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What really is callaloo? Is it a soup? Is it a sauce? Well it’s both, depending on the person making it, because everyone makes it according to their liking. From my experience I’ve eaten callaloo of various viscosity ( for want of a better word). I’ve seen people make it thin like a soup, to thick almost to the consistency of dasheen bush bhaji. Of course there are the various meats to go along with it also for example crab, smoked bone, or pig tail which gives the callaloo the inherent taste of the particular meat used.

Callaloo, More Like a Soup


Personally, I find that the smoked bone really hits the spot, but then pig tail hits another spot and crab hits another (it seems that I have a few spots). Smoked bone are bony parts from the pig, like the backbone etc., that has a little meat on it that’s smoked to give it a flavour similar to ham. Probably, they use the same hickory smoke for both.

A point to note though is that we don’t really eat callaloo like a soup, as I’ve experienced in St Vincent, but more like a sauce to pour over rice or just place at the side like in the picture below. I really like callaloo over a nice piece of coo coo not, too hot but just the right temperature. Another thing I’ve noticed in cooking this dish is that it was usually made on a Sunday; in time for a large Sunday lunch, together with red beans, stewed chicken, macaroni pie (with extra cheese), some potato salad and rice topped off with a nice glass of mauby…. You know I’m actually feeling hungry writing this!…Anyhow here’s callaloo.

Callaloo Recipe

If you want to see how to make callaloo with crab click here. Now on to the post.


12 dasheen bush, preferably the young curled leaves, chopped and washed (Please remember to cut out and throw the tips of the dasheen leaves)

1/4 cup pumpkin, peeled and chopped

1 hot pepper (optional)

8 ochroes

2 cups coconut milk

1 small onion, peeled and chopped

1 sprig chive, finely chopped

1/4 cup celery, finely chopped

1 pimento, finely chopped

2 sprigs thyme

1 tsp. parsley, finely chopped

Salt to taste

Pour all the ingredients into a deep pot…
Pour the milk over it.
Place over a low fire and leave to cook.
When the ingredients have softened,
mix and ensure there is enough liquid in the pot.
Season with salt and bouillon if desired. (You may add hot pepper now).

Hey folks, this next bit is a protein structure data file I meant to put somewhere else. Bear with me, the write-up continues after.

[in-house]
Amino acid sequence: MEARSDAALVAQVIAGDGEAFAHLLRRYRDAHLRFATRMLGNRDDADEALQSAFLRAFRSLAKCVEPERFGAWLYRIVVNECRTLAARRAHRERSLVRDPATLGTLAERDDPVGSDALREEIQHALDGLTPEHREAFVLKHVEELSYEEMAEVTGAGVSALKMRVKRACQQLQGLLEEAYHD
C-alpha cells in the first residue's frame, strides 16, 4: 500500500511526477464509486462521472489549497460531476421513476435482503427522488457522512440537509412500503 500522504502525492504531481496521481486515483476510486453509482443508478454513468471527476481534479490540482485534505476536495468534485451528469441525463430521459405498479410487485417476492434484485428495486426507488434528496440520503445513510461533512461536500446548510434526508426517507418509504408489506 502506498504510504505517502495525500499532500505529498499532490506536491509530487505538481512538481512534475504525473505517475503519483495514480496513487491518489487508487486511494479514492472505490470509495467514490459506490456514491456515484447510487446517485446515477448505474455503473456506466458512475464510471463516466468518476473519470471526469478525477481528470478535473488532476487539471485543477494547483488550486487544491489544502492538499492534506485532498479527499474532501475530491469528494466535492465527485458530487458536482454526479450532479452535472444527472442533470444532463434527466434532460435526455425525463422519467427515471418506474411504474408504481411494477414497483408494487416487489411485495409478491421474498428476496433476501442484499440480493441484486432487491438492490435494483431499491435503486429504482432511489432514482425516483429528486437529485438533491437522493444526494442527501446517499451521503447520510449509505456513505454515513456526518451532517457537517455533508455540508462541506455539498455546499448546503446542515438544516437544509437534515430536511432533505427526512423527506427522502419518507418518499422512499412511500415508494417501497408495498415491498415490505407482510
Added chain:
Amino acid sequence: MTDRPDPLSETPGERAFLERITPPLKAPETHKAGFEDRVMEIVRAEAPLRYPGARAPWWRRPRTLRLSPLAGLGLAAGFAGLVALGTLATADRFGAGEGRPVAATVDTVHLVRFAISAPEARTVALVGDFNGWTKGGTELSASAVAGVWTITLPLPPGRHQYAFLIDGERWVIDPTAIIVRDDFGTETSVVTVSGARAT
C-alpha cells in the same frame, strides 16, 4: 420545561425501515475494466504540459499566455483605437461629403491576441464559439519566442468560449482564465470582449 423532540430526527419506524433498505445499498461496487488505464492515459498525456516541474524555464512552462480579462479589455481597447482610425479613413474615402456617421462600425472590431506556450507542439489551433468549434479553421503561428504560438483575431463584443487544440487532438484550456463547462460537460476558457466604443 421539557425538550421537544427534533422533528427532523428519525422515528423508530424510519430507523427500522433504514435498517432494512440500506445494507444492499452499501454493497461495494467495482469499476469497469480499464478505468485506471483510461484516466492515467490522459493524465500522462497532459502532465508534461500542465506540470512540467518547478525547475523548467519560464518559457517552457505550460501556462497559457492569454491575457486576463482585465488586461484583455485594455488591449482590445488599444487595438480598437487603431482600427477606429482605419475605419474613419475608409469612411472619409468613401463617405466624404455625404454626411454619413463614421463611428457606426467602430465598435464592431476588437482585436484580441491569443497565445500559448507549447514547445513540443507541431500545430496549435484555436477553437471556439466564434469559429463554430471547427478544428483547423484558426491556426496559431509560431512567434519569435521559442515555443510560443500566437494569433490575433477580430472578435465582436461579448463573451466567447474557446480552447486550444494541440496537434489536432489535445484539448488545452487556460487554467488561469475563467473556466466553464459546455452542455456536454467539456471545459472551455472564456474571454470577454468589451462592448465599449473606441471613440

You may add more water if the liquid is drying up.
Also, if you like it more like soup add more water.
When all the ingredients, especially the dasheen bush,
are cooked and soft, remove from heat.
Allow it to cool before blending.
Blend the ingredients in a processor or blender.
It blends easier if the callaloo is loose,
but if you like it thick, blend a little at time.

If you don’t want to blend it you could always use a dhal gutney or a swizzle stick !

Callaloo served with green rice and fish
That’s all there is to making delicious callaloo trinistyle. Bye!

Don’t forget tot leave your comment about callaloo in the comment box below.


  1. says

    I often make callaloo and have it not only on Sunday but anytime i feel for some.
    I make a huge batch and freeze in individual portions so anytime i feel for some its ready to go ,just defrost and warm.
    My hubby’s family is from St Vincent and until i met him i never had callaloo soup.
    I can make it now and its really good!!

    I also want to add that i make it with the spinach since i can’t get dasheen bush here,and its very tasty ,but not the same : (

  2. says

    Oh gosh your plate of food looks tasty. I thoroughly enjoyed the callaloo I made and thanks for answering my questions.

    My callaloo column is going to be published next weekend.

    By the way, I will refer persons to visit your column for the recipe.

  3. Anonymous says

    Okay…so I made this for hubby last sunday and it was great. You would have thought I was born trini. I also made the mac pie and stew chicken as well and we had a nice “Sunday lunch”. the only change is that I added some garlic…it was nice.

  4. says

    By accident I used Coconut Cream instead of Milk and my callaloo had a sweet aftertaste… also I lost the pepper..anyway how do I combat the sweetness if by chance it happens again to me or even a reader?

  5. says

    Making accidents in cooking should be welcomed. It makes you think on your feet and it makes you a better cook in the end.

    I believe as soon as you make a mistake you should remove the pot from the fire to prevent further cooking. Then you solve the problem.

    Seeing that the coconut milk is added early in the process I would dilute the cream with water then strain it. When you have come to an acceptable taste then add your coconut milk and continue cooking your callaloo.

    Hope this helps and next time mind your business :-)

  6. Tynicia says

    Live in Trinidad and I really enjoy your website, for the comment is see, I am guessing you guys are abroad and missing the food here, really like this site an it is a really nice help for me as well, I am currently opening up a take away restaurant and your site is really giving me some great ideas, Keep up the good work

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